As part of the Tristan Jepson Memorial Foundation’s commitment to support psychologically healthy workplaces in the legal profession, we are pleased to introduce the TJMF Psychological Wellbeing: Best Practice Guidelines for the Legal Profession, intended for use by all within the Australian legal profession, including students, sole practitioners, barristers, in-house legal counsel, practitioners within law firms of all sizes, and the judiciary.
The purpose of the Guidelines is to provide a resource for those within the Australian legal profession by using evidence-based approaches to promoting a psychologically healthy workplace. The Guidelines are intended to support lawyers, law firms and others working within the profession to raise awareness of mental health issues, and to understand the initiatives and methods of management that assist in the creation and maintenance of psychologically healthy and supportive workplaces.
The Guidelines have been developed through the work of a Sub-Committee of the Tristan Jepson Memorial Foundation, representing a broad range of people within the profession. They build on a range of international and national activities, including the work of the Mental Health Commission of Canada (MHCC), under the auspices of the Canadian Standards Association and the Bureau de Normalisation du Québec (BNQ), and, in Australia, the Mental Health Alliance.
The Guidelines also recognise the value of providing specific guidance tailored to the particular workplace issues that arise in the legal profession and aim to provide that guidance in a way which reflects the varied nature of the profession, particularly in terms of size and resources.
It is recognised that all legal workplaces are stressful and it has been shown that legal professionals are disproportionately at risk of suffering from psychological distress and illness.1
Workplace factors have been proven to contribute to this risk,2 causing harm to people’s health and adverse impacts on the organisations that employ them (including absenteeism, ”presenteeism”, staff attrition, and WHS liability risks).
The Guidelines promote psychologically healthy legal workplaces. The aim of the Guidelines is to assist legal organisations to create workplaces that fulfil each of the Psychosocial Factors, identified by extensive research as critical to psychological health:
A work environment characterised by:
|Organisational culture||trust, honesty and fairness|
|Psychological and social support||support for employees’ psychological and mental health concerns|
|Clear leadership and expectations||employees that know what they need to do and how their work contributes|
|Civility and respect||employees are respectful and considerate of each other|
|Psychological competencies and requirements||a good fit of interpersonal and emotional competencies and roles|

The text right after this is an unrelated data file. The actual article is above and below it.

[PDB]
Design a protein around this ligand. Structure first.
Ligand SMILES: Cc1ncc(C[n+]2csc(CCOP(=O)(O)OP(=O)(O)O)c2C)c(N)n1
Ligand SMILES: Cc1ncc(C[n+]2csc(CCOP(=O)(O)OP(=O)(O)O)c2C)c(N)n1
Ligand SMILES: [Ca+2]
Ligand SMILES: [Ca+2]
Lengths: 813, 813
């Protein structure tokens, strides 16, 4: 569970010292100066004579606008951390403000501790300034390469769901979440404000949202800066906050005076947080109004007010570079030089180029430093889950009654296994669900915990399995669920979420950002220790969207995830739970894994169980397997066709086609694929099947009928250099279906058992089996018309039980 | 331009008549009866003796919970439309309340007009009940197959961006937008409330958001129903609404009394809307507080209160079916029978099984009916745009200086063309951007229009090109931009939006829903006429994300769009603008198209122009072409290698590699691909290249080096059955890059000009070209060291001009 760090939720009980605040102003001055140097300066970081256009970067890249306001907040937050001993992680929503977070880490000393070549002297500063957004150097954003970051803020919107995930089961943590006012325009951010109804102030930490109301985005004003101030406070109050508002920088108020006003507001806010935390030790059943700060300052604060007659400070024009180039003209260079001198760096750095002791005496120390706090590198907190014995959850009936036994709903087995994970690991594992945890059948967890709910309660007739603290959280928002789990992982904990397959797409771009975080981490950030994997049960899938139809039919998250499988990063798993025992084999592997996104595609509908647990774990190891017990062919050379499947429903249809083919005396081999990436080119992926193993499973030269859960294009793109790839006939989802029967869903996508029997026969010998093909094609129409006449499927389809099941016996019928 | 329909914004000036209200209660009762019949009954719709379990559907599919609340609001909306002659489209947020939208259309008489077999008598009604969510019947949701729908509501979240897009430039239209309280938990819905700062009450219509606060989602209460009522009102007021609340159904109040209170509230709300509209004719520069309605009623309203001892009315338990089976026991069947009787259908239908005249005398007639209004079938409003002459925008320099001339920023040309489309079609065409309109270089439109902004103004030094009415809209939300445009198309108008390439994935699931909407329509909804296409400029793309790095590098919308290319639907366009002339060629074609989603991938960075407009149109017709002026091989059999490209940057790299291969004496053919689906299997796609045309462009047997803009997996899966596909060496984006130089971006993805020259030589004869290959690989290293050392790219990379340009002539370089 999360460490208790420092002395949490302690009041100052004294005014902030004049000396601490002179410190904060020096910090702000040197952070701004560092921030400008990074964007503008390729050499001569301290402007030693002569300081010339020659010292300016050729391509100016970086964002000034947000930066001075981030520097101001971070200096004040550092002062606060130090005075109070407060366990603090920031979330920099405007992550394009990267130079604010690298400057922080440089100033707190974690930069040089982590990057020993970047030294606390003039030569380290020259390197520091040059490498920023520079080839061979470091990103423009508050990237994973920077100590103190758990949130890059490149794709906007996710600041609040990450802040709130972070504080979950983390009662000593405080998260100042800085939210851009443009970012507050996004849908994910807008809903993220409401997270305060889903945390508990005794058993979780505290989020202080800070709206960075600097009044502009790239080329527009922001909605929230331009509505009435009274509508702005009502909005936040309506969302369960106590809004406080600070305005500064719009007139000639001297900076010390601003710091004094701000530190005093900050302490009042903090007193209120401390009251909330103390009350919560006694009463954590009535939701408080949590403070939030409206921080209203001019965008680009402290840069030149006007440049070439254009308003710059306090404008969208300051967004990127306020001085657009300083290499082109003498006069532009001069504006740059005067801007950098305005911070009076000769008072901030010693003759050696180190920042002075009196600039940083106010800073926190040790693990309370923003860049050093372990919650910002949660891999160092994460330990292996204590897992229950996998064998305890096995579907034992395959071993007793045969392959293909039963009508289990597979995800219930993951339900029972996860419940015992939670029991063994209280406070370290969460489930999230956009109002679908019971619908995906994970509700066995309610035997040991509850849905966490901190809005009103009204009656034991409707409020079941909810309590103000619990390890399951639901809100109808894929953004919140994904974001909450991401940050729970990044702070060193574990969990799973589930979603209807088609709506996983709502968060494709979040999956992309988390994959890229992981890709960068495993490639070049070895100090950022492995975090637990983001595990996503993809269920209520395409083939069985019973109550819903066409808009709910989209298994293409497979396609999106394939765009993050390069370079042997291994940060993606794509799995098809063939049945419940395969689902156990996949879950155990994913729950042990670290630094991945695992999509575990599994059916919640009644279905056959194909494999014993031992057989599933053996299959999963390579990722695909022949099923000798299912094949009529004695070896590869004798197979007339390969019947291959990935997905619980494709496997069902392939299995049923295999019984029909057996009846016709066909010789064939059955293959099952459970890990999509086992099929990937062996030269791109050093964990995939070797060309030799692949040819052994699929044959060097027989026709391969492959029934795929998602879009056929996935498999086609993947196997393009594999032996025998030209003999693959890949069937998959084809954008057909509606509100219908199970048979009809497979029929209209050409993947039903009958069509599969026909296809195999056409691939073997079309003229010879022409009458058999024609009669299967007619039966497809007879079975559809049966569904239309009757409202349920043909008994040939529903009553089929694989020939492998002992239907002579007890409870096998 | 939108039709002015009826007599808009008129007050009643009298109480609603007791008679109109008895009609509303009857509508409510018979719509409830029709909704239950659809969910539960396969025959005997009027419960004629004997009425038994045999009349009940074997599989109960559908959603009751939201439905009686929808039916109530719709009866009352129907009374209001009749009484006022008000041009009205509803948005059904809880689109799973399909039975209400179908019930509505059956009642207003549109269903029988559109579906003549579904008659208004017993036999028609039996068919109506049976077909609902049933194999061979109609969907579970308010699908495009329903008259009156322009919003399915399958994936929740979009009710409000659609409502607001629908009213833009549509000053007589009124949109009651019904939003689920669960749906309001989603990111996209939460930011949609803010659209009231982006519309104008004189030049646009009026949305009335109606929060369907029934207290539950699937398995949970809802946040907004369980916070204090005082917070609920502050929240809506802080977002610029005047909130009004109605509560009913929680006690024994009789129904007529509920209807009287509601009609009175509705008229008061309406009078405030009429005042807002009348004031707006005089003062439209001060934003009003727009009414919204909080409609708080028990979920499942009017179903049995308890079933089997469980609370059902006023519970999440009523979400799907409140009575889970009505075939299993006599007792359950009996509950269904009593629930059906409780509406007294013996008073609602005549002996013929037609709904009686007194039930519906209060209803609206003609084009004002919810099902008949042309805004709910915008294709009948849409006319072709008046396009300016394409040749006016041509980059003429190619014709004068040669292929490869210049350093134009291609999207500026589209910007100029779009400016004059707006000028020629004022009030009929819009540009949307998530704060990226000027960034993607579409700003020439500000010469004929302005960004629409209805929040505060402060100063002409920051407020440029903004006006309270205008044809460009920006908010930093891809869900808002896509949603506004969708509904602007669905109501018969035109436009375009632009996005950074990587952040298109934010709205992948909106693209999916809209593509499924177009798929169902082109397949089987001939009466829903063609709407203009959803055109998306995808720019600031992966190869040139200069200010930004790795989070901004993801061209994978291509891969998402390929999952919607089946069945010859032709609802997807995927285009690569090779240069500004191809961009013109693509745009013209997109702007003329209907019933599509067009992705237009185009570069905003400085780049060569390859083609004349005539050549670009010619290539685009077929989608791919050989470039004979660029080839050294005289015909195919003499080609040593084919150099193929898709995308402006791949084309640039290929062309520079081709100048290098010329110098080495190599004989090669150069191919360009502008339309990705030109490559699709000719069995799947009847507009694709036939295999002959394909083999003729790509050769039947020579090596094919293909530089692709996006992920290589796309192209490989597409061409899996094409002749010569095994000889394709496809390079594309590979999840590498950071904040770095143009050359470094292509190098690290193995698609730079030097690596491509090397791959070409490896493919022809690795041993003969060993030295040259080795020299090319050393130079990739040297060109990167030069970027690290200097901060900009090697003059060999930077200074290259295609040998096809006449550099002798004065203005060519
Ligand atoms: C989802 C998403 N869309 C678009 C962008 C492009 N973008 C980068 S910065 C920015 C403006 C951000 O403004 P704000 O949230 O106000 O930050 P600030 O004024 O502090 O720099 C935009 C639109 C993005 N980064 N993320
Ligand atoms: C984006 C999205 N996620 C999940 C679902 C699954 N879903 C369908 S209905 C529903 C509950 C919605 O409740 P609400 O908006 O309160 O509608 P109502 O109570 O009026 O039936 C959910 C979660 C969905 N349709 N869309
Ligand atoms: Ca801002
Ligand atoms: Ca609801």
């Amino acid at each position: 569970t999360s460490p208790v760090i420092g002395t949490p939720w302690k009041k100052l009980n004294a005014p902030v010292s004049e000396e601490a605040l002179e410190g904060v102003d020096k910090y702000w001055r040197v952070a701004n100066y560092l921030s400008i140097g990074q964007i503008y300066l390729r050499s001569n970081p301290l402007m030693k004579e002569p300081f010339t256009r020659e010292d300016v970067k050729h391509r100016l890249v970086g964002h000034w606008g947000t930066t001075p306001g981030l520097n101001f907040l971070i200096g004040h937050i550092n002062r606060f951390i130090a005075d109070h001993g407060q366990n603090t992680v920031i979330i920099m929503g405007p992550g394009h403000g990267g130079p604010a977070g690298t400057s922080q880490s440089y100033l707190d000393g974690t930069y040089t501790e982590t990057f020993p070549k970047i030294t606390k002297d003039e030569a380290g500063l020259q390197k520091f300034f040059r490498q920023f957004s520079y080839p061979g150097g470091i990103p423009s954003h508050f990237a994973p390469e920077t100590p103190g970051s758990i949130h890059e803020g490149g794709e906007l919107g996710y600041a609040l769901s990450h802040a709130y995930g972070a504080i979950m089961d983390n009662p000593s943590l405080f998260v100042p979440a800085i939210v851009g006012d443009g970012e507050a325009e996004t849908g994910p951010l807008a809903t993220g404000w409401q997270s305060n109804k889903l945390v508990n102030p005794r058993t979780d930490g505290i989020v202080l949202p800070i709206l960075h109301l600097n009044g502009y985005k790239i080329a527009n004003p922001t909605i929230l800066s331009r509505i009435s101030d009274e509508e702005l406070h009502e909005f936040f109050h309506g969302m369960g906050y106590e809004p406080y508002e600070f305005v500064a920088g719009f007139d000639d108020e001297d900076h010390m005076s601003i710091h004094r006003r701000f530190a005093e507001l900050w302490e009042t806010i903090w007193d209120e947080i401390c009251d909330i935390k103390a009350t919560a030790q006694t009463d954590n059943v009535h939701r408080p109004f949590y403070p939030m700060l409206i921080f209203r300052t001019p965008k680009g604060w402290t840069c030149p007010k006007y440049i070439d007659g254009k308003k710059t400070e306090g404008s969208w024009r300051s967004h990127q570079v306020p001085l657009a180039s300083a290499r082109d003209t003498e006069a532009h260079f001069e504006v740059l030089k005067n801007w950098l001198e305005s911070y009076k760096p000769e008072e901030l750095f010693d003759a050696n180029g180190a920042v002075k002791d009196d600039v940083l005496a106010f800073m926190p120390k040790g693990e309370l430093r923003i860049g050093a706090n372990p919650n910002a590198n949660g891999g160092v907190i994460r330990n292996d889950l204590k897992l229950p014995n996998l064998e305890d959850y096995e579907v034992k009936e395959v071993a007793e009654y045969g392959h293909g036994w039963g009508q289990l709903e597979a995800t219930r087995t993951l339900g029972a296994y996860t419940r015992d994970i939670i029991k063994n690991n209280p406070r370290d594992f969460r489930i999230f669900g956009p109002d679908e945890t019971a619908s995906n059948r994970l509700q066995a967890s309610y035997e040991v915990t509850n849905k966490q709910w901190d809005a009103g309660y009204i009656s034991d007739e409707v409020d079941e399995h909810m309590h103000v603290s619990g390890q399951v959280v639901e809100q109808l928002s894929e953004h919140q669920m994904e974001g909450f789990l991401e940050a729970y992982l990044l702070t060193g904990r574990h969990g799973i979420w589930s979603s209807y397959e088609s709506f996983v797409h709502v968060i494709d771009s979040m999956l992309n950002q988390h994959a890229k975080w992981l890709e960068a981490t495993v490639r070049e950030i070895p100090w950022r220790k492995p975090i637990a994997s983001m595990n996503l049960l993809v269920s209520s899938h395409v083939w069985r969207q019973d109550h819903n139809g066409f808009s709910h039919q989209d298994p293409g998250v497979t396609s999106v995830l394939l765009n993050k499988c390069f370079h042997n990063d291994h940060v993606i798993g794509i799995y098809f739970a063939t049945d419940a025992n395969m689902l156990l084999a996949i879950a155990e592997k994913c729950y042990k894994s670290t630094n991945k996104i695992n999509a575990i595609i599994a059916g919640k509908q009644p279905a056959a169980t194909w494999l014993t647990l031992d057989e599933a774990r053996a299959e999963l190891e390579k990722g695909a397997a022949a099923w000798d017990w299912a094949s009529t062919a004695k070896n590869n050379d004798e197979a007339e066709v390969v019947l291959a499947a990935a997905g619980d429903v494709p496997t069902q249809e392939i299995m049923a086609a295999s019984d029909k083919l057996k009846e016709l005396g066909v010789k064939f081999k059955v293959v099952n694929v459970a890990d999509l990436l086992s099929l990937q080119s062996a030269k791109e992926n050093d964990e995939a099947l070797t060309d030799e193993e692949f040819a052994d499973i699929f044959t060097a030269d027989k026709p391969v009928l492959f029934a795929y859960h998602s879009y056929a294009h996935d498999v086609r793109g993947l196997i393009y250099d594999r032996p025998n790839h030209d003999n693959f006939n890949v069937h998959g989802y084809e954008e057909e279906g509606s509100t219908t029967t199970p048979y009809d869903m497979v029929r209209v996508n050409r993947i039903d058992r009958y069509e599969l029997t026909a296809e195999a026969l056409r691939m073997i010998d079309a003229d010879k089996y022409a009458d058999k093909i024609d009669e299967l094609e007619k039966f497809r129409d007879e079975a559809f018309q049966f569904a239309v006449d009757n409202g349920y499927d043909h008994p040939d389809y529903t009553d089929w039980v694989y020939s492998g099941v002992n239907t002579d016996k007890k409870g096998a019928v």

|Growth and development||encouragement and support of interpersonal, emotional and job skills|
|Recognition and reward||acknowledgement and appreciation in a fair and timely manner|
|Good involvement and influence by staff||employees that are included in discussions about their work and how important decisions are made|
|Workload management||responsibilities that can be accomplished successfully within the time available|
|Engagement||employees that feel connected to their work and are motivated|
|Balance||recognition of the need for balance between work, family and personal life|
|Psychological protection||appropriate action is taken to protect employees’ psychological safety|
|Protection of physical safety||appropriate action is taken to protect the physical safety of employees|
The Guidelines are a voluntary framework for legal organisations to utilise.
Signatories are encouraged to implement the Guidelines at their own pace and in their own way; implementation of the Guidelines can be tailored to each individual legal workplace. The Guidelines framework is based on a spectrum of self-motivated improvement.3
The Guidelines framework encourages ongoing improvement within the profession. In time, the Guidelines will assist cultural change and change of attitude; changes in the way we think, speak and act in addressing psychological health and safety.
In turn, the structure, policies and processes of legal organisations will change to match that new attitude and culture. By becoming signatories to the Guidelines, legal organisations are demonstrating that they are leaders in the profession and they are committing to putting psychological safety at the heart of their organisational culture and at the forefront of their minds.
The Guidelines are for every legal organisation. Organisations can become signatories at www.tjmf.org.au.
1. Kelk, NJ, Luscombe, GM, Medlow, S, Hickie, IB (2009) Courting the blues: Attitudes towards depression in Australian law students and lawyers, BMRI Monograph 2009-1, Sydney: Brain & Mind Research Institute.
2. Shain, M., Arnold, I. & GermAnn, K. (2012) The Road to Psychological Safety: Legal, Scientific, and Social Foundations for a Canadian national Standard on Psychological Safety in the Workplace. Bulletin of Science, Technology & Society, 32 (2) 142-162, SAGE Publications.
3. See the TJMF Guidelines FAQs for more information.